In 1997, Fifth Army assumed the mission of response to Weapons of Mass Destruction incidents for its area of responsibility. When directed, Fifth Army deploys Response Task Force-West to support the Lead Federal Agency during a Weapons of Mass Destruction incident in United States Atlantic Command's area of responsibility; assumes Operational Control of committed DOD elements, less Joint Special Operations Task Force, and re-deploys upon meeting DOD support termination criteria.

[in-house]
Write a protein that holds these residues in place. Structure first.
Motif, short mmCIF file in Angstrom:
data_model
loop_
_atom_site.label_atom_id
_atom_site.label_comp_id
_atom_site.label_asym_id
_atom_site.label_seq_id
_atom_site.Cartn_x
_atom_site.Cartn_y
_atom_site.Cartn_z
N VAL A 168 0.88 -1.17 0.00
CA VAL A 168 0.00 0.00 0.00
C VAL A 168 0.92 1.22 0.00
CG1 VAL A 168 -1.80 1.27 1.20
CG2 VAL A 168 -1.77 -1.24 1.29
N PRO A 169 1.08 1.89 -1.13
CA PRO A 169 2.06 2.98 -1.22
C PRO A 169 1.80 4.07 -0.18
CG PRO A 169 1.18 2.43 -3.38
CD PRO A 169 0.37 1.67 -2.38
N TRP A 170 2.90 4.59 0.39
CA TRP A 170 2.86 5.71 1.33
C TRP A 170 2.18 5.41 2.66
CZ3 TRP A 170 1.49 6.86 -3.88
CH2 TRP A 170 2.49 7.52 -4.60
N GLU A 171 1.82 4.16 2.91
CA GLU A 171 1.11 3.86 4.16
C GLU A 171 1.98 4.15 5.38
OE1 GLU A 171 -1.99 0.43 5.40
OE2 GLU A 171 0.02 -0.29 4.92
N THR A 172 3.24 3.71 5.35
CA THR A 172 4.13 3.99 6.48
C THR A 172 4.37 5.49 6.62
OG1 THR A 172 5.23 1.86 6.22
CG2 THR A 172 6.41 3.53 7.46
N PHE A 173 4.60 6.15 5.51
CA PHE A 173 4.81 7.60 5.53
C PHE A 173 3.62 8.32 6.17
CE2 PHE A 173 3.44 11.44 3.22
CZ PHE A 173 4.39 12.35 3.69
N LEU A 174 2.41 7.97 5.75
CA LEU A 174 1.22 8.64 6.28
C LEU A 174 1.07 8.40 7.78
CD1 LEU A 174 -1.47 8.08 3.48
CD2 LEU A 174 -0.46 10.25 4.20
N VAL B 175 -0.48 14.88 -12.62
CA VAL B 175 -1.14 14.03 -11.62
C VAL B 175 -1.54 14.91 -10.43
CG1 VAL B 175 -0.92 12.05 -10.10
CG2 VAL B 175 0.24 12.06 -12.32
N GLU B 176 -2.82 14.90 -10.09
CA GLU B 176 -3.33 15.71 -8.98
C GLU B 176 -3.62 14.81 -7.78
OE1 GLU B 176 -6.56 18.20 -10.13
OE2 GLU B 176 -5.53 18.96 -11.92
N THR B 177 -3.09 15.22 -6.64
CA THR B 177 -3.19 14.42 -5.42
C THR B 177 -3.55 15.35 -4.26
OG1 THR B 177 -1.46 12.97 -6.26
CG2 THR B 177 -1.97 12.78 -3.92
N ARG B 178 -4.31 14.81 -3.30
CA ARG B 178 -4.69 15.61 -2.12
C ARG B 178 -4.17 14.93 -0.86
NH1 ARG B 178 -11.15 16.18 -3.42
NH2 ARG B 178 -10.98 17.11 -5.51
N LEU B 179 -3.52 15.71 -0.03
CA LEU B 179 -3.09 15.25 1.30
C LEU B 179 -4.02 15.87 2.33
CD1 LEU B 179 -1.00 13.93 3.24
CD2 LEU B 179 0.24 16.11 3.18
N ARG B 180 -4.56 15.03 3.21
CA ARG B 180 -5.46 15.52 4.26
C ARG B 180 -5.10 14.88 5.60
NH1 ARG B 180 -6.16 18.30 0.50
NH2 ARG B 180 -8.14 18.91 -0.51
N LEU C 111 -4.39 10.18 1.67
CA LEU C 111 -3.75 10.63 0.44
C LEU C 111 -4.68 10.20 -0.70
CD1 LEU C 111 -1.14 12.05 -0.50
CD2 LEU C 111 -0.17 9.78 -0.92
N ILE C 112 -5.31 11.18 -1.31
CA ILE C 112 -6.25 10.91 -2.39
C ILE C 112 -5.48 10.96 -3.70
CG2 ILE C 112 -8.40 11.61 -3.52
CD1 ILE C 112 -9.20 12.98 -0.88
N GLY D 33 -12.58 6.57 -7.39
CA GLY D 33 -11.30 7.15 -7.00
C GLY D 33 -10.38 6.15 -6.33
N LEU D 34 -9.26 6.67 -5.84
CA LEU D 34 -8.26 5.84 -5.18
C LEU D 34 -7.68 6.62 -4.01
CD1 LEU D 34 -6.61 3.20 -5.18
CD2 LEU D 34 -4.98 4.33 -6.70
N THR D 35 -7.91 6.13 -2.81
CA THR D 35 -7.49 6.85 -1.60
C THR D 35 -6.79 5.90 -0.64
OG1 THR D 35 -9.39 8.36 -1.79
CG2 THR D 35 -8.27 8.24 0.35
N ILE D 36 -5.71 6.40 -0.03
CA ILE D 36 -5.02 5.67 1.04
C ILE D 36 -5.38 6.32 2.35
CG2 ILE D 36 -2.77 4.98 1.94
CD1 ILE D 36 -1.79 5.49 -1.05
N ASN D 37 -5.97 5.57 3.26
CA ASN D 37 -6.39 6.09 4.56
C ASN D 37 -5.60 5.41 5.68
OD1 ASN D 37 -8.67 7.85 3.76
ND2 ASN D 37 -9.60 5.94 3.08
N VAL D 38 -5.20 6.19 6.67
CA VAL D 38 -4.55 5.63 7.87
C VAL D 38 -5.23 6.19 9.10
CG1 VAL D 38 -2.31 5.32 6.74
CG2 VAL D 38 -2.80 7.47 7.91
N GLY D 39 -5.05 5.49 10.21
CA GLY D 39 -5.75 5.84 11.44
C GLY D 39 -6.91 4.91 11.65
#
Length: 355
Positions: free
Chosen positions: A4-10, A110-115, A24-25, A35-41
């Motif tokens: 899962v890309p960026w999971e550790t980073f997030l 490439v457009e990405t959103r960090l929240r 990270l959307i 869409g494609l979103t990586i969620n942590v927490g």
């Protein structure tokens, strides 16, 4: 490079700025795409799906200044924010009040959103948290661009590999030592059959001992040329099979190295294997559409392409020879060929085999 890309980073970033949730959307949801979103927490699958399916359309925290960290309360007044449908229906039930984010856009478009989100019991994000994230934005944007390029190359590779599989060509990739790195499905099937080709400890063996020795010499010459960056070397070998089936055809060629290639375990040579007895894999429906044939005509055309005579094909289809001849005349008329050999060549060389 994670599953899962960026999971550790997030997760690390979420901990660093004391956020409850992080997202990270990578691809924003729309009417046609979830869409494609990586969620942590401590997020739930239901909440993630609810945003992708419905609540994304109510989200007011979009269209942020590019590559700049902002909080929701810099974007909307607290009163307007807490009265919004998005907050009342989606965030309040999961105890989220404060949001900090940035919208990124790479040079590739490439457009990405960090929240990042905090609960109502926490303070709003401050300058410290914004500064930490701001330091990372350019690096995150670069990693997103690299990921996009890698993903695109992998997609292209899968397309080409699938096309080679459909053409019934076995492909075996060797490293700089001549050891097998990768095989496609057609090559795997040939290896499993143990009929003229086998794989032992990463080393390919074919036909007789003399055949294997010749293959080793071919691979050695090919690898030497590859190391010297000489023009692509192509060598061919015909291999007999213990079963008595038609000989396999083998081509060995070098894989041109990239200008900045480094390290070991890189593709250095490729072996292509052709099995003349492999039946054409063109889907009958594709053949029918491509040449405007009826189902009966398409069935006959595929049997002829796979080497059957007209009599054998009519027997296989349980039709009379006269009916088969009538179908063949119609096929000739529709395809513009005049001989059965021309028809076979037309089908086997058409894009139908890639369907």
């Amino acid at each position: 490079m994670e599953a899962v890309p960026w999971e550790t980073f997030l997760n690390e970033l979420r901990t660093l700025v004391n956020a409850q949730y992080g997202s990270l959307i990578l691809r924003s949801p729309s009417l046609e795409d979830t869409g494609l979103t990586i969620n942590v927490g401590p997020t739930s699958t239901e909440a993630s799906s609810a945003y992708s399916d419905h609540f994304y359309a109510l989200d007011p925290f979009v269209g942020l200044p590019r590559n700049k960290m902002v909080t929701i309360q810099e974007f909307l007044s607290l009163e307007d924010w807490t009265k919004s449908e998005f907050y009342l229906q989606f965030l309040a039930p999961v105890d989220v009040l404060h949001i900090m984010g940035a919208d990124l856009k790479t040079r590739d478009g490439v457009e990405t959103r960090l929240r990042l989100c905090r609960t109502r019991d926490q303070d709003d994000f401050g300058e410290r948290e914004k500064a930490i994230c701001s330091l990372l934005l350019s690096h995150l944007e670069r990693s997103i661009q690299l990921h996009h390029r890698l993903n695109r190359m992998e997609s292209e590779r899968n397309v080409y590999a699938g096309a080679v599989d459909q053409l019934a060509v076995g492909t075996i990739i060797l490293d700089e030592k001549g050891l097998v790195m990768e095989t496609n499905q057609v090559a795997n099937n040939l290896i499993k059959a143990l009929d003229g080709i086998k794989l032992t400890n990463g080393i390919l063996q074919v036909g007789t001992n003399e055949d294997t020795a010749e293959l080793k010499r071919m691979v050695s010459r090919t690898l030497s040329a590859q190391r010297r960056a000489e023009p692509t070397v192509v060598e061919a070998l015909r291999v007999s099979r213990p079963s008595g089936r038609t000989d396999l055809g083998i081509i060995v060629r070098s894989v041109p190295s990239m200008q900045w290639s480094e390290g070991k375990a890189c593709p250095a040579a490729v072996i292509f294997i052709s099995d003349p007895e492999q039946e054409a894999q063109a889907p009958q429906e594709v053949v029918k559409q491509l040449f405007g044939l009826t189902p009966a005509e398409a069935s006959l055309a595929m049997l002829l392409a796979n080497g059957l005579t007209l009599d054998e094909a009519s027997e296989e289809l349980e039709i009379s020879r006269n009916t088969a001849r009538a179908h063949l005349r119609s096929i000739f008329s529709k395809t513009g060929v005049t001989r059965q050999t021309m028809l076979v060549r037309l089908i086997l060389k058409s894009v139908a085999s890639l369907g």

In October 1999, under the Army's new integrated force concept, two Training Support Divisions will be under the operational control of Fifth Army. These integrated divisions have administrative control over all training support brigades and battalions in their areas of responsibility.